The Iowa Caucuses Tonight – What to Know

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After months of campaigning, debating, polling, fundraising and eating fried food, Democratic presidential candidates face their first real-world test on Feb. 3, when Iowa voters have their say in the stateโ€™s caucuses. Hereโ€™s a rundown of important things to know about Iowa and its first-in-the-nation vote.

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What is a caucus, and how is it different from a primary?

While primaries are run much like general elections โ€“ lots of polling places, a secret ballot, many hours to vote โ€“ Iowaโ€™s caucuses are more like neighborhood meetings. Starting at 7 p.m. in each of the stateโ€™s 1,678 voting precincts (and, new this year, 99 satellite locations in Iowa, around the country and overseas), Democratic voters will gather, debate issues and candidates with each other, and eventually cluster in โ€œpreference groupsโ€ to elect delegates to their county conventions. The precinct caucuses kick off a process which, several months from now, will result in 41 delegates being chosen to represent Iowa at the Democratic National Convention. The whole caucus process, which can take more than an hour, is nicely illustrated here.

Iowaโ€™s Democratic caucuses are open only to registered party members, not unaffiliated voters or those registered as Republicans or with other parties. However, people can register or change their party affiliation on caucus night if they want to participate.

How many people turn out for the caucuses?

For a long time, that was a surprisingly difficult question to answer. Until recently, the parties didnโ€™t report attendance figures, only โ€œstate delegate equivalents,โ€ using complex formulas to translate the caucus-night results into state convention delegates. Individual precincts didnโ€™t always keep close counts of how many people caucused, or if anyone left early. Add in that 17-year-olds can caucus if theyโ€™ll turn 18 by Election Day, and the difficulties in reliably calculating turnout become clear.

Notwithstanding all that, the Iowa Caucus Project of Drake University estimated that in the 2004 Democratic caucuses and the 2008 and 2012 Republican caucuses, roughly 20% of registered party members participated. In the 2008 Democratic caucus, nearly 40% of eligible Democrats took part.

Who participated in Iowa’s 2016 caucuses?In 2016, 186,874 Iowans participated in the Republican caucus and 171,109 participated in the Democratic caucus, both held on Feb. 1. On that date, according to the Iowa secretary of stateโ€™s office, there were 586,835 active registered Democratic voters and 615,763 active Republican registered voters. That works out to 30.3% of eligible Republicans and 29.2% of eligible Democrats participating in the caucuses, or 18.5% of the stateโ€™s total 1,937,317 active registered voters. (By comparison, in 2016, turnout averaged 29.3% across all the Democratic and Republican primaries.)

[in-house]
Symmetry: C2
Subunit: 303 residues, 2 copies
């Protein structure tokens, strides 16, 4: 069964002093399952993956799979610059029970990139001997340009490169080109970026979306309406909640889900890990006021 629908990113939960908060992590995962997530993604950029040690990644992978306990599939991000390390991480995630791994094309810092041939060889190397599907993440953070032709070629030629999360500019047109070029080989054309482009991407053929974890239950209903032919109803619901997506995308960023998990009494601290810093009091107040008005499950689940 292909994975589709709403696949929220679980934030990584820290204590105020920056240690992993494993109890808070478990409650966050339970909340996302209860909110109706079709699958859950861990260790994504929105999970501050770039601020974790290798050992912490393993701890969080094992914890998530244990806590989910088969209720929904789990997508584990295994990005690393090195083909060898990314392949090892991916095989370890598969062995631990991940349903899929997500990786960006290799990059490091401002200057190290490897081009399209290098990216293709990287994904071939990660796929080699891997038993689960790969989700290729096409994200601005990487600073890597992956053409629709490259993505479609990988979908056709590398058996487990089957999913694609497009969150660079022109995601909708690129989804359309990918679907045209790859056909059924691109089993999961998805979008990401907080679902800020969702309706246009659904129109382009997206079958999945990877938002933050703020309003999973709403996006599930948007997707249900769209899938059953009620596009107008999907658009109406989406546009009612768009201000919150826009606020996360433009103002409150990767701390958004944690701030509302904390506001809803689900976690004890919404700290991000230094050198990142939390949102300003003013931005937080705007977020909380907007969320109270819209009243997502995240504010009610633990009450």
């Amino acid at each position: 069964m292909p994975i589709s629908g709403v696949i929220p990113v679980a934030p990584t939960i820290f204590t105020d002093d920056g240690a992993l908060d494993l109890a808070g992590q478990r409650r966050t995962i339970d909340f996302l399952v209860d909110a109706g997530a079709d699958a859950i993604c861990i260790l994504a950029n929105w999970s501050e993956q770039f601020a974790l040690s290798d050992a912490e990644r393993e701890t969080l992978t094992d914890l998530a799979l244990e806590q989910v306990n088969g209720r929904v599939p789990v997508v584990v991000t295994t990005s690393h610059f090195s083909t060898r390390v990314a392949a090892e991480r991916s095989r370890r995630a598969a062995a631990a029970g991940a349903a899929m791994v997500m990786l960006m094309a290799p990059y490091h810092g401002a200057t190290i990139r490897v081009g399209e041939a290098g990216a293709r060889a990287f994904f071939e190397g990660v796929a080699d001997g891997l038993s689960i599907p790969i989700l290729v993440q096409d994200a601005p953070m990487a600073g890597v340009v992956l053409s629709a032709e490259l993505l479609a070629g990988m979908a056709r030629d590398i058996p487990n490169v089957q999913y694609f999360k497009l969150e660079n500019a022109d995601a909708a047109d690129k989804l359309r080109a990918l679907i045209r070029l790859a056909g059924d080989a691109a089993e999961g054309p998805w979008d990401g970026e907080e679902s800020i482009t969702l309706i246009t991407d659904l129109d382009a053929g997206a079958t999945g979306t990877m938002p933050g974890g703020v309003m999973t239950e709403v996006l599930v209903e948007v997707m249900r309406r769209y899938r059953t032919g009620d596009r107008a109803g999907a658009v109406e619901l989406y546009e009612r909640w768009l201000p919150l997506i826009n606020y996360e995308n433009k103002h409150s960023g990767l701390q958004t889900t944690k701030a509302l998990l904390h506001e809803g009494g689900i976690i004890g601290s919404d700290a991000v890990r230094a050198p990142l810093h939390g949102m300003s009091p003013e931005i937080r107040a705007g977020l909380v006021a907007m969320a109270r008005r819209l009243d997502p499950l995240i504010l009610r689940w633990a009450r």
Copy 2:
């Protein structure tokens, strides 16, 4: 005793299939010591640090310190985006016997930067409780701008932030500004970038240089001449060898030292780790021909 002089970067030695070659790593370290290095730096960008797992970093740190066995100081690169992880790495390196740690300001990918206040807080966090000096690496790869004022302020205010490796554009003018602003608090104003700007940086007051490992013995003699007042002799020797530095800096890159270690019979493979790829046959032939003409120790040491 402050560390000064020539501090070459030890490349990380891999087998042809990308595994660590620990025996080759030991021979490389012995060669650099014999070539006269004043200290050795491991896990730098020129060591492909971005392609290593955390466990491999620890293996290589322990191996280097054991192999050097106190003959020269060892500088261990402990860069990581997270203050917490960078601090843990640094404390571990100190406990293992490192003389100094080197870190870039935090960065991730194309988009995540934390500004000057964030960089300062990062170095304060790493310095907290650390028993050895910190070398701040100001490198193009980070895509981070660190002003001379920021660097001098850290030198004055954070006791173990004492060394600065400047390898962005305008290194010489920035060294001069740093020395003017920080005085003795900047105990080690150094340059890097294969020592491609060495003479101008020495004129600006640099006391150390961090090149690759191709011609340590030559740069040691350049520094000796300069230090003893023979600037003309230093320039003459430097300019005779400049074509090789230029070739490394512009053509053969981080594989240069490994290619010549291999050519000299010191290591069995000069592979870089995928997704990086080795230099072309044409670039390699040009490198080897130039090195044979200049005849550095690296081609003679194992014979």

As of Jan. 2, 2020, according to the secretary of stateโ€™s office, there were 2,017,205 active registered voters in Iowa. 614,519 (30.5%) were registered Democrats, 639,969 (31.7%) were registered Republicans, and the rest were independents or members of other parties.

How will we know who wins?

That can also be confusing. Consider the Republican caucuses, which historically have combined a nonbinding secret preference vote along with the delegate-selection process. In 2012, state GOP officials first declared Mitt Romney the winner of the preference vote by eight votes, then two weeks later said Rick Santorum had won by 34 votes. In the end, though, Ron Paul won a majority of Iowaโ€™s national convention delegates, despite finishing third in the preference vote.

This year, the Iowa Democratic Party will report three sets of caucus results: the initial count of candidate support (called the โ€œfirst alignmentโ€), the final alignment (after backers of โ€œnonviableโ€ candidates have had a chance to shift their support to someone else), and state delegate equivalents. That means that theoretically, three different candidates may be able to plausibly claim to have โ€œwonโ€ the caucus.

How reliably do the Iowa caucuses predict the ultimate nominee?

Five decades of Iowa caucus winnersLike so much else with the caucuses, that depends on how you look at it. Since 1972, there have been 10 contested Democratic caucuses; in six of them, including the four most recent, the declared caucus winner ultimately was nominated. On the Republican side, there have been eight contested caucuses in that span, but in only three cases was the caucus winner ultimately the nominee.

For many years, thereโ€™s been a saying among caucus-watchers that โ€œthere are only three tickets out of Iowa.โ€ That refers to the fact that since 1972 (and excluding years when incumbent presidents ran unopposed for renomination), the eventual nominee has nearly always been one of the top three finishers in the caucuses. The exceptions were Bill Clinton, who placed fourth in 1992, and John McCain, who came in fourth in 2008. Both of those were special cases, though: In 1992 Iowaโ€™s own Sen. Tom Harkin was the overwhelming caucus favorite, so the other Democratic contenders mostly ignored the state. And McCain was just 424 votes behind third-place finisher Fred Thompson. Read more at Pew Research

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